There is a Hancock episode called The Blackboard Jungle (Nov 1955) which is a parody of the film of the same name. Never having seen the film, I assumed that it was in turn an adaptation of the novel To Sir, With Love in which a black teacher wins the respect of London hooligans by making them speak politely to one another.
But I discover that the film can't be an adaptation of the novel. The film is from 1955 and the novel was published in 1959. Additionally, the former has an American setting whereas the latter takes place in London. I was misled by the fact that the Hancock episode is also set in a British school. I didn't allow for the fact that Hancock almost always takes place in Britain.
Yes, I know West has an American accent, but Bill Kerr does the same voice when he's playing a Teddy Boy in the previous extant episode, The Bequest. I assumed that was how British kids talked in 1955 when they wanted to sound cool.
Sunday, February 11, 2018
I've been listening to Nineteen Ninety-four, the dystopian Radio 4 comedy from 1985. Pitched somewhere between HHG, Brave New World and The Prisoner. What stops it being just another laboured string of Week Ending style 'Sellingfield' gags is Robert Lindsay as the everyman hero Edward Wilson. There's a sequel, Nineteen Ninety-eight, which has David Threlfall instead, and it's not nearly as good. Both Edward Wilsons are complicit in their own exploitation but at least RL's version makes a token resistance. It's interesting how different NNF (broadcast 1985) and NNE (broadcast 1987) are in tone. They make a fine example of the cultural atmosphere in the two halves of the Eighties. Later 80s concerns about US imperialism and early 80s concerns about riots and everything just falling apart. Btw I do wonder if Lance Parkin was thinking of NNF when he wrote the scenes with Colin Baker and the personal organiser device in Davros.
I've found the original 'Nigel Mole' Thirty Minute Theatre from January 1982. I was never sure whether I'd imagined listening to it or not, but there it was - Adrian is called Nigel just as I remembered, and Nigel is called Adrian. But that's not all - the opening and closing theme, which even short plays had back then, are from a sort of alternate reality, the one where Carry On films were all scripted by Norman Hudis and never discovered innuendo, where the Pert-shaped time tunnel from the season 11 credits was replaced by a Davo-shaped one when the latter finally took over from Pert in 1982, where Don't Look Back In Anger was capturing the zeitgeist after Callaghan's fourth election victory in 1994. By which I mean to say, they start with a chorister, singing about being Nigel Mole, and fade into a 'sarcastic teacher' voice berating Nigel Mole for scribbling in his diary, constantly - 'Sunday Monday Tuesday Wednesday...'. Supposedly the reason Nigel and Adrian swapped roles when the book was published was that the publishers got cold feet about possible confusion with Nigel Molesworth, the goriller of 3B, and having heard that theme, I find that a lot more plausible than I ever did before. Curse of neil armstrong's which is the skool I am at.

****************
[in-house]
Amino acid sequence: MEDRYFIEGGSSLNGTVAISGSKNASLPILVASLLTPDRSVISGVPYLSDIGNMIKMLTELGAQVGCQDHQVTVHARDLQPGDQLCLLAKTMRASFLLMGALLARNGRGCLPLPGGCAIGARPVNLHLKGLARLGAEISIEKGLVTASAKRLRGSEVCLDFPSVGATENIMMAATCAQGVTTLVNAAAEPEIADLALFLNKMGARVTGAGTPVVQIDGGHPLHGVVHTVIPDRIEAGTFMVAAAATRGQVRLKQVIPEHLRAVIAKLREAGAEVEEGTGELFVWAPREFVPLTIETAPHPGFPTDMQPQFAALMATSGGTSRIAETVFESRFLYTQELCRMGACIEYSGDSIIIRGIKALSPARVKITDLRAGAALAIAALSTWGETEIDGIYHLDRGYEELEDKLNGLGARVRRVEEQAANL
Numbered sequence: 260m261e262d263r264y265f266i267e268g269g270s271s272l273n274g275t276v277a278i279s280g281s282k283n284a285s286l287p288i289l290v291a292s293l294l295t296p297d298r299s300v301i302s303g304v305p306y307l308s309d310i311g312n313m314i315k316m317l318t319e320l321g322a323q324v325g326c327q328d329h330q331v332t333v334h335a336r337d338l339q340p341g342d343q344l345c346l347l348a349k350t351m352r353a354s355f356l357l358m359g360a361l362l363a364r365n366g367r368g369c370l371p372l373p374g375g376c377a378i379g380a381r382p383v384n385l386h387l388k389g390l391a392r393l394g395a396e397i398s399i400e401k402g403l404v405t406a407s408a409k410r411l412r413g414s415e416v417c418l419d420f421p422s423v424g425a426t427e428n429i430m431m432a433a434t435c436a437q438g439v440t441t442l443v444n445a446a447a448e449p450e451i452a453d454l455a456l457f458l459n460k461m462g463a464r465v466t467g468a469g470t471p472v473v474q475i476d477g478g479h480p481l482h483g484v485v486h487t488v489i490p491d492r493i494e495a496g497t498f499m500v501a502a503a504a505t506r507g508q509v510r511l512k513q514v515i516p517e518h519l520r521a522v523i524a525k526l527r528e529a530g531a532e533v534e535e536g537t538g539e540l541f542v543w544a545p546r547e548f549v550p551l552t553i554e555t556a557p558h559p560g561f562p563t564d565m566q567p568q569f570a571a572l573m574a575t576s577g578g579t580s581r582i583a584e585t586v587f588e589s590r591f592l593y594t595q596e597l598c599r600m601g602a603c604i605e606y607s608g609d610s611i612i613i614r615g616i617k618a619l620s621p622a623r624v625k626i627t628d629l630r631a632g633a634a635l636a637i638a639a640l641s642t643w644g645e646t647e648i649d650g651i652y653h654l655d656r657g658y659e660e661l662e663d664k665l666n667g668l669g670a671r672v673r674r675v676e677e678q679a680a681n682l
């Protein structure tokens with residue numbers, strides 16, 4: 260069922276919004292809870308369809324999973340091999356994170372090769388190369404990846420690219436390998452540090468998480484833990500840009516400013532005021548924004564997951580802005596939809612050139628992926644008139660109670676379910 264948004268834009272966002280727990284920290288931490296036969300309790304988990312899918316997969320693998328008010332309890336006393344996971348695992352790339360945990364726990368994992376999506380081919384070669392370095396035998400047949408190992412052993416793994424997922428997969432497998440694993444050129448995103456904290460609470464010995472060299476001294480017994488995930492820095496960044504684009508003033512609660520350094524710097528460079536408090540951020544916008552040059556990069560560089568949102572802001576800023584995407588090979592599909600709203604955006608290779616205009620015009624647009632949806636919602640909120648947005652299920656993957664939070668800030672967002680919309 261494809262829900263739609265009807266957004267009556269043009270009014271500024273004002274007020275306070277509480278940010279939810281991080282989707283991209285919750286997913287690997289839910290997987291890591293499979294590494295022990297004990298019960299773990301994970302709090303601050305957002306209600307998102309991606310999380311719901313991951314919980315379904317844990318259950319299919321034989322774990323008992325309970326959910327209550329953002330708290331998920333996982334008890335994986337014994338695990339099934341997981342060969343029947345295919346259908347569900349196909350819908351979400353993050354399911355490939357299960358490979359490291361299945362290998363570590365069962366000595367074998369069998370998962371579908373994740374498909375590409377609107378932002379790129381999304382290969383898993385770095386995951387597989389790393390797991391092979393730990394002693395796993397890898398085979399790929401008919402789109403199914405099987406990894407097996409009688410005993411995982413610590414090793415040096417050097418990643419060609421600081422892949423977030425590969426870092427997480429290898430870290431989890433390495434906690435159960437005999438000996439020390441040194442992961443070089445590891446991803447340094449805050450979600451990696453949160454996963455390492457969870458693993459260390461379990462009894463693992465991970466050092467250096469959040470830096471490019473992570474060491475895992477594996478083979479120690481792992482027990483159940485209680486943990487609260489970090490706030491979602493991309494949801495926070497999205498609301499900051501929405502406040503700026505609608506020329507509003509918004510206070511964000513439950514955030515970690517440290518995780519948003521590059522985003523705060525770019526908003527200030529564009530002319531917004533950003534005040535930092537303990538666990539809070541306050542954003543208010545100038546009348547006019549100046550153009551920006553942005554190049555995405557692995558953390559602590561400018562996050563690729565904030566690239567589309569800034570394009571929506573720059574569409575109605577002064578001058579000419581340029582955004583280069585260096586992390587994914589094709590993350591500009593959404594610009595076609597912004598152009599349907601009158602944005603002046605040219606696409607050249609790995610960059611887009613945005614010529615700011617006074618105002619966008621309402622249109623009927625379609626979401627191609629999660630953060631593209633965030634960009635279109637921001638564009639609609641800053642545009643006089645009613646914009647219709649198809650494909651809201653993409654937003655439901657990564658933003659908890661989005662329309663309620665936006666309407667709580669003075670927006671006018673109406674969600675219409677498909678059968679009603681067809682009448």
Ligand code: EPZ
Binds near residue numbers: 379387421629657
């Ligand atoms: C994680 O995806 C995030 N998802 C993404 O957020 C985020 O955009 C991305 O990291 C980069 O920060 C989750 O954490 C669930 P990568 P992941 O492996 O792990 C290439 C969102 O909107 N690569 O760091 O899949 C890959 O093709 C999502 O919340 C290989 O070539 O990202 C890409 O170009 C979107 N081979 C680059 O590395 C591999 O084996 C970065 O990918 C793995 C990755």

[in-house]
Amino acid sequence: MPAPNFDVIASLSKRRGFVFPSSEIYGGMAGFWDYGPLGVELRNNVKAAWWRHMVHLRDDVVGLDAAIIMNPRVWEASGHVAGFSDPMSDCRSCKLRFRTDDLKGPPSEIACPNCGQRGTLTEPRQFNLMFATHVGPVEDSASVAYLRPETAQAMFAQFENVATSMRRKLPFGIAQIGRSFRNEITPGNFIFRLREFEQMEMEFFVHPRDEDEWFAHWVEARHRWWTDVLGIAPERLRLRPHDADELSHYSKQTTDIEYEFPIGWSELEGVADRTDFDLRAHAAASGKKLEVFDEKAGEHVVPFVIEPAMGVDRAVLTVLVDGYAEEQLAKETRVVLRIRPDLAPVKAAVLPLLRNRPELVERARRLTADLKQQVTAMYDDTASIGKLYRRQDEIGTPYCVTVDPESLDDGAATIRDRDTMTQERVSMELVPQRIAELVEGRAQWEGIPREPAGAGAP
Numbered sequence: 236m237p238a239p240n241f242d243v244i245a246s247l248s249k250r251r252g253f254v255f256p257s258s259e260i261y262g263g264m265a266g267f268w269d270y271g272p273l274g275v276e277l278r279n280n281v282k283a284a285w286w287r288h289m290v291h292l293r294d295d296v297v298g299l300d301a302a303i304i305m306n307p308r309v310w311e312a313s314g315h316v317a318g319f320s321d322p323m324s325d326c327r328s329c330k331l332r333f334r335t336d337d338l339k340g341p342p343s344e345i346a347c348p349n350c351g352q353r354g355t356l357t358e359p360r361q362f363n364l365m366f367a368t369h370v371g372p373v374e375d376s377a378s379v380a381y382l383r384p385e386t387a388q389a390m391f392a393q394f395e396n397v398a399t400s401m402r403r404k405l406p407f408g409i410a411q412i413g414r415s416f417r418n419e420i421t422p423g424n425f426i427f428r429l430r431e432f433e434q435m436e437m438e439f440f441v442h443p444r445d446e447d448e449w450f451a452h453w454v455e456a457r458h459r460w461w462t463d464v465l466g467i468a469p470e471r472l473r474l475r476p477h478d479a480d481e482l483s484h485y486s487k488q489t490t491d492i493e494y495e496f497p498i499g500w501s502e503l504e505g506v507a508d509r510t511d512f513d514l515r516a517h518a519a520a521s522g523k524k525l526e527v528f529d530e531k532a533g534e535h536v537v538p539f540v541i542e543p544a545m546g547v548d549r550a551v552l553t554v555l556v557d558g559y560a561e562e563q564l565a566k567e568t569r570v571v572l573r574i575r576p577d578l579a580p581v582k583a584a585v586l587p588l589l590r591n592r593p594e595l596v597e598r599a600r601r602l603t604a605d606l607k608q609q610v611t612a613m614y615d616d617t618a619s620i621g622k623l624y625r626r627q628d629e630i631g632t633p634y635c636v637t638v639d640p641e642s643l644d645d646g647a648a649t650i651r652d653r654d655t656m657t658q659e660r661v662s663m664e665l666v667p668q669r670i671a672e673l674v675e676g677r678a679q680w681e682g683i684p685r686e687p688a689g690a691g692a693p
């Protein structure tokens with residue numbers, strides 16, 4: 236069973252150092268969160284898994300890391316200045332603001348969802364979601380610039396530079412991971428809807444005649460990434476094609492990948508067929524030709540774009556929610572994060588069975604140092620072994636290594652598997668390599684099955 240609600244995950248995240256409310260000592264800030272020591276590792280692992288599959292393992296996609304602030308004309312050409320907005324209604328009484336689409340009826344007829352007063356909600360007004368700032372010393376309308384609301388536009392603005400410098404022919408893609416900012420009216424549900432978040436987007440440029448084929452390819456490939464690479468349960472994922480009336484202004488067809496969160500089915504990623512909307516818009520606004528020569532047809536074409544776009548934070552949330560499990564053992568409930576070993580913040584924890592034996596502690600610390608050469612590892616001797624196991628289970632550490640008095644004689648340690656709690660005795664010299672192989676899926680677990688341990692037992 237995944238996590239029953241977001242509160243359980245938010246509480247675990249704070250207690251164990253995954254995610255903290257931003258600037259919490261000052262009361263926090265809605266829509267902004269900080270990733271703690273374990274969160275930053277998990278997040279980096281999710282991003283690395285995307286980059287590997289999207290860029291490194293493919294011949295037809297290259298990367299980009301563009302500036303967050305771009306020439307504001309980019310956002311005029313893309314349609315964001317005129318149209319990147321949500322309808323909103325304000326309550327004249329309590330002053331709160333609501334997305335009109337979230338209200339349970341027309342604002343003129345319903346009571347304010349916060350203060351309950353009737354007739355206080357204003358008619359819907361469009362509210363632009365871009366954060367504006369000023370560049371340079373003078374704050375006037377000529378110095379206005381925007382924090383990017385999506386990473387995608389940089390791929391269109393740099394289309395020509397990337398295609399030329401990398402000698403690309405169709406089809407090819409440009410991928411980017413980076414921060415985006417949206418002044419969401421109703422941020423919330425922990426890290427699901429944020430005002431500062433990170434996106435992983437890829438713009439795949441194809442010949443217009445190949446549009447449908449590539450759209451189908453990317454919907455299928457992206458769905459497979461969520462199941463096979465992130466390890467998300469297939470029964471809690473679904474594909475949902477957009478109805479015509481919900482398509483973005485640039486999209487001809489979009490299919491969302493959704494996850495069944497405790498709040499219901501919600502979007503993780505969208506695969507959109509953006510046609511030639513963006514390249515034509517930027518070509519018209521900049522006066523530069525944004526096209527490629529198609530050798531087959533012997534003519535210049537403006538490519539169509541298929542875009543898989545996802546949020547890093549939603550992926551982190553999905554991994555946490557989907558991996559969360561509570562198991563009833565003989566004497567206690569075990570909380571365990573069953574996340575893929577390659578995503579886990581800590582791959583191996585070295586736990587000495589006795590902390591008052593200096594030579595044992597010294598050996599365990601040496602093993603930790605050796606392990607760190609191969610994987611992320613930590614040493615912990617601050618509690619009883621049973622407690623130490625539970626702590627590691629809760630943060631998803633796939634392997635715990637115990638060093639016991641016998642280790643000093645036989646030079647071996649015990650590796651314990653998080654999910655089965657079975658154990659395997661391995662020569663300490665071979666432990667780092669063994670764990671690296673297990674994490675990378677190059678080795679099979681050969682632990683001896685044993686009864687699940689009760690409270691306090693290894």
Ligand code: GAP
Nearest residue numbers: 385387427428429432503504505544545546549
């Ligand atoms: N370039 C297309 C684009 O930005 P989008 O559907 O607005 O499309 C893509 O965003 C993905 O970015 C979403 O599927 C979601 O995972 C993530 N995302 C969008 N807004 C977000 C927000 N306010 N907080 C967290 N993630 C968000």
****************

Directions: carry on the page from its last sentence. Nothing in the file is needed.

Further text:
Tuesday, November 28, 2017
Where Thames Smooth Waters Glide site:
- The usual limit of navigation is at Lechlade. Powered craft usually turn below Lechlade footbridge.
- Beyond the footbridge is Inglesham. 'The first section above Inglesham is wide enough and generally deep enough for small launches'.
- The WTSMG author (in a punt) saw a narrowboat reach Hannington Bridge
- 'If you can pass [Castle Eaton Bridge] you can probably get to Cricklade'. The author has a fierce battle with the current at the bridge.
- Cricklade Town Bridge is 'the limit of navigation as far as I am concerned in a punt. Most canoists would probably agree - though there may be sections above this where a canoe could be used at certain times of the year.'
|Castle Eaton Bridge||130.95|
Sunday, October 08, 2017
In Radio Active 5.3, 'Out Of Your Depth', one of the jobs Martin Brown attempts to do is that of an actor. Director Ronnie Crump tries to help him rehearse his one line,
Ooh it were terrible, gob all over my carnationI find that 'Gob all over my carnation' is a line from The Erpingham Camp by Joe Orton. Scene 7 if you're interested.
Tuesday, August 01, 2017
So Tom and Clive in the Orton diaries really were the same couple as 'T. and C.' in the Kenneth Williams diaries. https://www.theguardian.com/film/2010/oct/10/kenneth-williams-biography-christopher-stevens Although I've caught up to this rather late, I'm quite surprised; I assumed Russell 'No not him' Davies had disguised their names when he edited the diaries.
Saturday, June 17, 2017
On Tuesday afternoon I went to an appointment in Putney, on the fourth floor of a building overlooking the river. I was given some good news, that they didn't need to see me again, so when I came out at 3pm I was in a really good mood. I noticed that there was a fine view north over London from the staircase, and I spent some time looking at the various high buildings, like the Post Office Tower and the Walkie Talkie and that one that looks like a set of steps that they keep advertising in the FT. It was a beautiful afternoon with white clouds and blue distances. I nearly took a picture but decided I'd better hurry on back to the car park, which was lucky, because maps show that in my happy good news memory picture Grenfell Tower would have been prominent camera front.